Our society reveres youth, emphasizing the positive aspects of youth and negative aspects of old age. It can be difficult to accept our new self as we age, knowing that our youth is behind us. With changes such as the loss of a spouse, poor health and the changes of retirement, it can be difficult to cope with the new normal.
In addition to dealing with major life changes, older people begin to fear the aging process – will they become unable to remain independent? Will they have physical problems that make aging difficult? Will they lose all of their friends and family and be left alone?
Depression is common among the elderly, but it can be treated. Signs of depression include:
- Weakness and physical complaints
- Loss of interest in appearance
- Loss of interest in activities and food
- Weight loss
- Low energy
- Feelings of guilt, helplessness or worthlessness
How to Combat Depression in the Elderly
The first thing you need to do is accept that your family member needs help. Once you’ve accepted it, you should reach out to their general practitioner. He or she can refer you to a mental health specialist who can help you and your parent come up with a plan.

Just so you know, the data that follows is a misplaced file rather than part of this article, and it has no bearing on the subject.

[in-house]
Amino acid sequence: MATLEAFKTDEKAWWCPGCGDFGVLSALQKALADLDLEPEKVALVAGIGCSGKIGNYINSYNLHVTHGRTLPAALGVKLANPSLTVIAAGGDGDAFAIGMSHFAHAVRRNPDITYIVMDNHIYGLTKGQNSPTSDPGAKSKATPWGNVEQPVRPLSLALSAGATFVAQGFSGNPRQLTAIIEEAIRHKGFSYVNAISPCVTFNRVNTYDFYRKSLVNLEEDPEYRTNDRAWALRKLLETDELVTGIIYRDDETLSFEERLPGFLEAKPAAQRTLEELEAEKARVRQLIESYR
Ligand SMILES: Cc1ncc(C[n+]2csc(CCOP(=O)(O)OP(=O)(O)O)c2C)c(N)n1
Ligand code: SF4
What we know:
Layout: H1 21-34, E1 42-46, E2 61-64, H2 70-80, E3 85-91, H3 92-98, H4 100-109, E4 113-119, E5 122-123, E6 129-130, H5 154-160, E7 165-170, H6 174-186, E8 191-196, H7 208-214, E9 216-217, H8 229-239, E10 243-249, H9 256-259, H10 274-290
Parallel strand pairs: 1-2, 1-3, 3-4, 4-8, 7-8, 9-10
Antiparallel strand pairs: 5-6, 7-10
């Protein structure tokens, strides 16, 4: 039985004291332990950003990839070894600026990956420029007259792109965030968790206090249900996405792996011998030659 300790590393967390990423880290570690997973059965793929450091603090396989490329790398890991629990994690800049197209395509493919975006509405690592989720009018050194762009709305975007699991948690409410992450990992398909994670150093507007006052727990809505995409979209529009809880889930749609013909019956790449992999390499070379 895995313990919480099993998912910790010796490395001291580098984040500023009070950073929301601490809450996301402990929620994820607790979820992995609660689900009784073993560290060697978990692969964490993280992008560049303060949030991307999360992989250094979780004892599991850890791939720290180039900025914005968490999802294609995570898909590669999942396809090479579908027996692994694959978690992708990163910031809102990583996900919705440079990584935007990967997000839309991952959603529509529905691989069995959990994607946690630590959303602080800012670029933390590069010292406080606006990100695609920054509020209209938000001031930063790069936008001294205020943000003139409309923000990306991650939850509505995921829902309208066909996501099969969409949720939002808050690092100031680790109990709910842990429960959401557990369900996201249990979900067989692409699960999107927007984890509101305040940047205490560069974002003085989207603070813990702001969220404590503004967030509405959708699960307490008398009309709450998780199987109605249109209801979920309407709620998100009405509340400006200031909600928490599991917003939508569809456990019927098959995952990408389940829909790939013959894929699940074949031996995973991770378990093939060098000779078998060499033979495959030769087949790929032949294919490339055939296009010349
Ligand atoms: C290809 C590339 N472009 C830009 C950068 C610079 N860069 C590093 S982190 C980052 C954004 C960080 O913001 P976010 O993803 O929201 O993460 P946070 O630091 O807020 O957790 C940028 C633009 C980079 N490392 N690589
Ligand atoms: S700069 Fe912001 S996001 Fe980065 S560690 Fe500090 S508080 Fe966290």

Different therapies work for different people. For instance, support groups can provide new coping skills or social support if your parent is dealing with a major life change. Several kinds of talk therapies are useful as well. Don’t give up if the first option doesn’t work for your parent. Dealing with depression can take time.
In addition to therapy, your parent may be prescribed an antidepressant, medication to help them sleep better or even some lifestyle changes that can help with their depression.
Depression is a serious condition that should be addressed. Once you’ve gotten your parent on the right treatment track, you can work together to figure out what the triggers were and how to avoid them in the future.
There are a few steps you can take. Stay in touch with family and friends and let them know when you feel sad. Consider new hobbies that help keep your mind and body active. If you are faced with a lot to do, try to break the task into smaller jobs that are easy to finish.
Regular exercise can help prevent depression or lift their mood if they are somewhat depressed. Gardening, dancing, and swimming are other good forms of exercise. It doesn’t matter what they choose, as long as they enjoy it. Being physically fit and eating a healthy diet can also help avoid illnesses that can bring on disability or depression.
If your parent is home-bound or has recently lost friends, you may want to help them jump start their social life. It can be hard making friends as we age, but it is important to maintain social connections. Whether they join a group or volunteer for a cause that is important to them, choosing to be part of their community can help ward off depression as well.